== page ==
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The Forger’s Spell, by Edward Dolnick

April 10, 2009

I’m reading this book right now and it is the perfect mix of art/ world history and intrigue.  It tells the story of Han Van Meegeren, one of the greatest art forgers of all time who managed to convince the world that Vermeer had an earlier, more religiously inspired period of (ugly) paintings. The book covers several subjects including how Van Meegeren managed to create convincing forgeries, interviews with other successful forgers and the background on the Nazi-created chaos in the art market of the 1940s.

Van Meegeren was operating in an ideal time for forgers when two of the most powerful men in the world, Adolf Hitler and Hermann Goering (the commander of the Luftwaffe among other things), were art obsessed. Hitler envisioned creating the most comprehensive museum ever of European art in his home town (the delusions of an unsuccessful artist?) and Goering’s greed for shiny objects led him to fill train load after train load of precious art to bring to his mansions (often illegally obtained using “coercion” tactics). Capitalizing on the general chaos in Europe and the utter disregard for provenance at the time, Van Meegeren released 17 known forgeries on the market over about 20 years, reaping in millions of dollars of rewards. He had to claim he won the lottery several times to cover his real source of income! The tragic thing is, during the occupation, the Dutch were passionate about keeping Dutch art in Holland and out of German hands so many of his forgeries were bought by his fellow countrymen at exorbitant prices in their eagerness to be patriotic.

Van Meegeren’s forgeries were carefully crafted from hard to find 17th century paintings (which he took apart) and meticulously researched oil paint mixtures. His most ingenious forgery technique was to add plastic to his paints. One of the most common tests for oil paintings is to rub a cotton swab dipped in alcohol on the paint – some color will come off on new paintings since the oils haven’t hardened yet, but if you rub the swab on an old (100+ years) painting, nothing will come off. By mixing a new material (plastic, or Bakelite, as it was called in the 1940s) into his oils and then baking his canvases, he managed to harden the oil paint into convincing 300 year old consistency. Not only that, his painting was so authentic looking that it convinced one of the leading curators and art historians of the time, Abraham Bredius, that Disciples at Emmaus was Vermeer’s greatest work. Ironically, Van Meegeren had created a similar painting under his own name some years before and it was scorned and mocked by critics when it was presented at a gallery.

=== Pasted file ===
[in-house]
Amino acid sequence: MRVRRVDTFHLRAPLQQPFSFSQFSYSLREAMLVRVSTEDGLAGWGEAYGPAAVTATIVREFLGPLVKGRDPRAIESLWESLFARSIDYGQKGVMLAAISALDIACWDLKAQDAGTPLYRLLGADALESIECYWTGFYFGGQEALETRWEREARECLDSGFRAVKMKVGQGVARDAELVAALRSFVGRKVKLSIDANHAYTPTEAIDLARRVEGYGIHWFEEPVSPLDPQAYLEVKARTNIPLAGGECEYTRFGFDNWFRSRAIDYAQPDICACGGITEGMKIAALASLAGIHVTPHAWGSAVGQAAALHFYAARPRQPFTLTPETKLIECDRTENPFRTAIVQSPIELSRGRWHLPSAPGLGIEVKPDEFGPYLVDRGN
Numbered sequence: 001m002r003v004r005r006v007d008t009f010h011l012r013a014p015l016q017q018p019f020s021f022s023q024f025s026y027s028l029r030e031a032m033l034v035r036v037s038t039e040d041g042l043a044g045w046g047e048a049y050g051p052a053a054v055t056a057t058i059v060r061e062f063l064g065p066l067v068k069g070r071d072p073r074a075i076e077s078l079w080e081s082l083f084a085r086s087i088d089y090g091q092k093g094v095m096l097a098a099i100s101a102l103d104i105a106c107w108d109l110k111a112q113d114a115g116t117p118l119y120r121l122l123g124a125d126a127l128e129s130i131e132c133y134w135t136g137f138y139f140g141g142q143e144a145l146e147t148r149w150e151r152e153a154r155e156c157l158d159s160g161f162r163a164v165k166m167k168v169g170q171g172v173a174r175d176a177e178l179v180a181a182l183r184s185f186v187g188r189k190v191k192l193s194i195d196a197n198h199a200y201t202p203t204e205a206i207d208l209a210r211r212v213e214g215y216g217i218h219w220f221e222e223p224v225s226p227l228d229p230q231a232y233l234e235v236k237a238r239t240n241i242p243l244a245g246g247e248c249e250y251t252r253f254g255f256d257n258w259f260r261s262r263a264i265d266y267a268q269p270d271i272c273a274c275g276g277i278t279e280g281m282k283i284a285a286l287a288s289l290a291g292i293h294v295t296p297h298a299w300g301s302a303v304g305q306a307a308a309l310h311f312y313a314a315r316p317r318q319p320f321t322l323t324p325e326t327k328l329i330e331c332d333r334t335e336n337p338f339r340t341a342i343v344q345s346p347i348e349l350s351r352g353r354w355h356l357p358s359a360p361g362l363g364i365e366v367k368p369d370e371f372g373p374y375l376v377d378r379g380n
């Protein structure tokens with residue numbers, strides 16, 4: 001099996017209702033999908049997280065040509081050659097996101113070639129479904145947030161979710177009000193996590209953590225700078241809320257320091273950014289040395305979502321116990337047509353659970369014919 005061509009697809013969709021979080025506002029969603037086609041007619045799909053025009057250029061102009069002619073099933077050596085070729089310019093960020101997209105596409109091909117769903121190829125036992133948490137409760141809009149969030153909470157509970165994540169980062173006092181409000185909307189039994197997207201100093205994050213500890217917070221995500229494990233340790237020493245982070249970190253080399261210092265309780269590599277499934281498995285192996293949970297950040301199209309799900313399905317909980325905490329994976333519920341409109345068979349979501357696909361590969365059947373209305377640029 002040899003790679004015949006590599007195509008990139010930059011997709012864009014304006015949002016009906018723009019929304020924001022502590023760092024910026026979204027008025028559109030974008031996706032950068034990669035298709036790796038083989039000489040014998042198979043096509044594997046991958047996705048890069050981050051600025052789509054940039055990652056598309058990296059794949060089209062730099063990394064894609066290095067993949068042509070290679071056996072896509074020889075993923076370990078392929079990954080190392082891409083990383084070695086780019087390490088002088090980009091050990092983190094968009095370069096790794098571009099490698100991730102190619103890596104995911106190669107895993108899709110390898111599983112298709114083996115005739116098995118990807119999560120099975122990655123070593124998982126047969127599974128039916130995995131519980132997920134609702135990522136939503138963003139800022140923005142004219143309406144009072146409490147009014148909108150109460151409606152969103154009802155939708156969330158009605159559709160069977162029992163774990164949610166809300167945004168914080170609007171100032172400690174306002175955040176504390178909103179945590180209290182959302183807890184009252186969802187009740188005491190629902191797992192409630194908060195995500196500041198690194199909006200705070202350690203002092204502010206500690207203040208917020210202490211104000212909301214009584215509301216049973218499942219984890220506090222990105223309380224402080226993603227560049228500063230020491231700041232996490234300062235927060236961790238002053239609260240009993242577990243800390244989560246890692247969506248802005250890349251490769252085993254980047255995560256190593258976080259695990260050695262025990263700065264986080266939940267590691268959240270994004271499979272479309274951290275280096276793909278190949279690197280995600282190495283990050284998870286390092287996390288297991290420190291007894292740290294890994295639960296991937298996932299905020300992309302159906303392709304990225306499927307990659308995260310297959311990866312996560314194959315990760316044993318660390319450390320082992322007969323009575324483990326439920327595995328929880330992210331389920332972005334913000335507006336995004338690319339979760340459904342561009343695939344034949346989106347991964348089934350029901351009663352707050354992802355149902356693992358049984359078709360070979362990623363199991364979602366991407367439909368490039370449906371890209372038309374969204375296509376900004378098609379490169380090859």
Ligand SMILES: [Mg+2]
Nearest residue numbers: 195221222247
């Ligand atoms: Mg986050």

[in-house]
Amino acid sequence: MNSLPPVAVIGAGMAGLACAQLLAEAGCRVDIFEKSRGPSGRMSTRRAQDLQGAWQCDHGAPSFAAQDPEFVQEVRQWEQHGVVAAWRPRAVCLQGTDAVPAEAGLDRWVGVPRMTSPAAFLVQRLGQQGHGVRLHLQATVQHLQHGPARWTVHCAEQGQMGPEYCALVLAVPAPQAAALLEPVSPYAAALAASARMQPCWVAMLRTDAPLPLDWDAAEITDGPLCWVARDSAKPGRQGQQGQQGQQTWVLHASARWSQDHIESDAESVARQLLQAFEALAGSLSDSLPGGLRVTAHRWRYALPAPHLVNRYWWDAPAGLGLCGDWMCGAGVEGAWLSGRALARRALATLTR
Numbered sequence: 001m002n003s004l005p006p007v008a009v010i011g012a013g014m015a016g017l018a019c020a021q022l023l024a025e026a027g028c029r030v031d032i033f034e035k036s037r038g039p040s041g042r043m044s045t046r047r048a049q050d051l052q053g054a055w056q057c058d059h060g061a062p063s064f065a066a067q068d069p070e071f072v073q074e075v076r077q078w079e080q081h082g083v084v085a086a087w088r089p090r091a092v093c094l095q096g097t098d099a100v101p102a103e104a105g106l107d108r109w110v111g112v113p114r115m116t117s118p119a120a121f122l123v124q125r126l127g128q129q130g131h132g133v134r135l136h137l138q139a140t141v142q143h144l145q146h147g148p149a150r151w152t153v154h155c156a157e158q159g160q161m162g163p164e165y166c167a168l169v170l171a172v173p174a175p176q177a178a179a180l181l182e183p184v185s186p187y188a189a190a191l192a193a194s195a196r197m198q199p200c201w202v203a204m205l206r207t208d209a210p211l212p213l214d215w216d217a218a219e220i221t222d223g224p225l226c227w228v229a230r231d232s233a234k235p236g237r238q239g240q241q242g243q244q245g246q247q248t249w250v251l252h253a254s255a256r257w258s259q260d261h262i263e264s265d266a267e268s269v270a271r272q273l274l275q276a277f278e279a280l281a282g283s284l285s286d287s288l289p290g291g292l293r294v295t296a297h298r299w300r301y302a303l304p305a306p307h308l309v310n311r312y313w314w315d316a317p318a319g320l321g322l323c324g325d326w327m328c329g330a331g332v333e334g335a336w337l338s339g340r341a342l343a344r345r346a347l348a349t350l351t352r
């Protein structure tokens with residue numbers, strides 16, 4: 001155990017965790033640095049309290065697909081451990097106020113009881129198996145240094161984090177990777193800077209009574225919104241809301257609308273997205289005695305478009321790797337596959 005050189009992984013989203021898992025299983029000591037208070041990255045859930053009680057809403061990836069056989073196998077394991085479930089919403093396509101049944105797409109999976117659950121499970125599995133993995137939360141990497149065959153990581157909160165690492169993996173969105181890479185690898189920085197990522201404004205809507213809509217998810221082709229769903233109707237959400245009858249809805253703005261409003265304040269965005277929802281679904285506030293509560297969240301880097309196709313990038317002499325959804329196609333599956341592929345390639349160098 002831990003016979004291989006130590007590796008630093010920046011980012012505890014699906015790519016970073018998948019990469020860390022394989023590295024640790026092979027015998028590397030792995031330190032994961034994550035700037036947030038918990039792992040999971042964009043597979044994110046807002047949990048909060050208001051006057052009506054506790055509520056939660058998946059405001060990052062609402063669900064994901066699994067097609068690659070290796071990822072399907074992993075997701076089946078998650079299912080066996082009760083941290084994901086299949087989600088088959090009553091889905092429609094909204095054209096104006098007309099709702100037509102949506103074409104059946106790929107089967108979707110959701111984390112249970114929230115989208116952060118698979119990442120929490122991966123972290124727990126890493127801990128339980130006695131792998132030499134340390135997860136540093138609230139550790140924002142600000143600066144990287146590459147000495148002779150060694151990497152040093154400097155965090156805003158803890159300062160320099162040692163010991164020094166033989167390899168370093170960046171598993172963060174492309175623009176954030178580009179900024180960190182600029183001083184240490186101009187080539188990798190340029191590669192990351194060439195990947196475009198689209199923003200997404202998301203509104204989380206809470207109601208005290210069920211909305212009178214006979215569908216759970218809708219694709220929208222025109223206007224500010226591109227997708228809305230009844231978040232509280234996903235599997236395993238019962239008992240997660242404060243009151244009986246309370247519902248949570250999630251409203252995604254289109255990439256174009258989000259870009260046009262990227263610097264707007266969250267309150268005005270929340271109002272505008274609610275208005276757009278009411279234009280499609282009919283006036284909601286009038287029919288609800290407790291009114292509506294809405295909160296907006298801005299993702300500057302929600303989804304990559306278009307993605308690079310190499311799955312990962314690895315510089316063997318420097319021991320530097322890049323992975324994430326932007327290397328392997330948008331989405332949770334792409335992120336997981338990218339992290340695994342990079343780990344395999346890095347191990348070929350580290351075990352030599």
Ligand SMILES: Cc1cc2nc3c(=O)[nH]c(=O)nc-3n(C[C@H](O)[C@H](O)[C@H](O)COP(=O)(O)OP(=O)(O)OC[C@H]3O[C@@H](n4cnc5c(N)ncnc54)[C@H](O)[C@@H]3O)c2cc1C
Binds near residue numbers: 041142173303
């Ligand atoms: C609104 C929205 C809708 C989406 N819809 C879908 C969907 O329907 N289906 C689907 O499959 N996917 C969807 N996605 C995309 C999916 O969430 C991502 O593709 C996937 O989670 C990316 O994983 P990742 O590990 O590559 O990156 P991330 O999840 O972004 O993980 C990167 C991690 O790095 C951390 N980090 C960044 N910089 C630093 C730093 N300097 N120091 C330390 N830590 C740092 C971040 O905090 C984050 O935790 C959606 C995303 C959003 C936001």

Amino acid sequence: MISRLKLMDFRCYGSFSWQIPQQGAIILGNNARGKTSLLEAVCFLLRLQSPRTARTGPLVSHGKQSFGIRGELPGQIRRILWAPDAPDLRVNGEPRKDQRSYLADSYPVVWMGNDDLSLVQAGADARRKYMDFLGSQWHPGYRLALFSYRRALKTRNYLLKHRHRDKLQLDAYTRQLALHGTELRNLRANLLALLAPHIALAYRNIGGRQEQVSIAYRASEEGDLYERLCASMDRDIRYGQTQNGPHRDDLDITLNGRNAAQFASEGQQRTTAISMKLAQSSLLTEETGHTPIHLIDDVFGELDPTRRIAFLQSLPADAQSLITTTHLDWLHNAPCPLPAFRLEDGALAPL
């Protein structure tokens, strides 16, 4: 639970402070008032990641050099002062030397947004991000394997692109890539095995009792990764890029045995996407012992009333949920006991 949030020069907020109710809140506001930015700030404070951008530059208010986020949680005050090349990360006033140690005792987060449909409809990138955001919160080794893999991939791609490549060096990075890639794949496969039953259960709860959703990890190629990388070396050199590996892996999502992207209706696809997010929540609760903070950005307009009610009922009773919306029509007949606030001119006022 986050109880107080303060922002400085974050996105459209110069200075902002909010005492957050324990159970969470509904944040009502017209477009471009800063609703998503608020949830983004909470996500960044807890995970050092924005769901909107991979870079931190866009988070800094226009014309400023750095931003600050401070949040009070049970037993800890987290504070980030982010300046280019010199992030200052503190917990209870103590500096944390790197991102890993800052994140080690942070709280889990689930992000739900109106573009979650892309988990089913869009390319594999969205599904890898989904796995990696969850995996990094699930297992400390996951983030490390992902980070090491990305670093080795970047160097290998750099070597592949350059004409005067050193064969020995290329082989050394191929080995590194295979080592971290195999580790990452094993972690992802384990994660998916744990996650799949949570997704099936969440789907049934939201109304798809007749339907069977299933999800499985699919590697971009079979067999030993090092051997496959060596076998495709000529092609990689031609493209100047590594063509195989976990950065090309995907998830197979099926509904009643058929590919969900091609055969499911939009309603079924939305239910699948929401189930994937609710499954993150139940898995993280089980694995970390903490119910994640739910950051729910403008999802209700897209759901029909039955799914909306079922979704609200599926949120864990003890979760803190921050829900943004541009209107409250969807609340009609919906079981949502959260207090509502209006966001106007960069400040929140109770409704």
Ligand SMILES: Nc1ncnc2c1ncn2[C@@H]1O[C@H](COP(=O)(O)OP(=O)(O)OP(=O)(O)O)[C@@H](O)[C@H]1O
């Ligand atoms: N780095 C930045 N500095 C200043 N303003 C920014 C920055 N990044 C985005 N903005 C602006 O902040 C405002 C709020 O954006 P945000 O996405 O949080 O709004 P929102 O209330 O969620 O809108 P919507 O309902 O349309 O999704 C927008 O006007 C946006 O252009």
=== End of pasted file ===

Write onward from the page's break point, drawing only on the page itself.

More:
One of the more surprising things about this story is that when we look at Van Meegeren’s forgeries today, they seem so stilted and lifeless. One of the essential points of the book is to remind readers of the cultural and historical perspectives we bring to the table when viewing art. The exaggerated sentimentality of Van Meegeren’s work appealed to Dutch viewers of his time because, the author argues, they were caught up in dramatic historical events and had a heightened sense of patriotism and emotion. They wanted to see Vermeer in Van Meegeren’s paintings because the paintings appealed to them so much. It makes you question what we bring to the table when looking at art today.


The book is a page turner filled with eye opening historical facts (did you know that a greater percentage of Holland’s Jewish population was sent to concentration camps than any other European country? Sadly, Holland has a history of being the most liberal and accepting of the Jewish community there and they were the hardest hit under the occupation). My only criticism is that it isn’t well organized and can be confusing as the author jumps from explaining forging methods to Hermann Goering’s greedy habits and the chapters are sometimes only 2 pages long…


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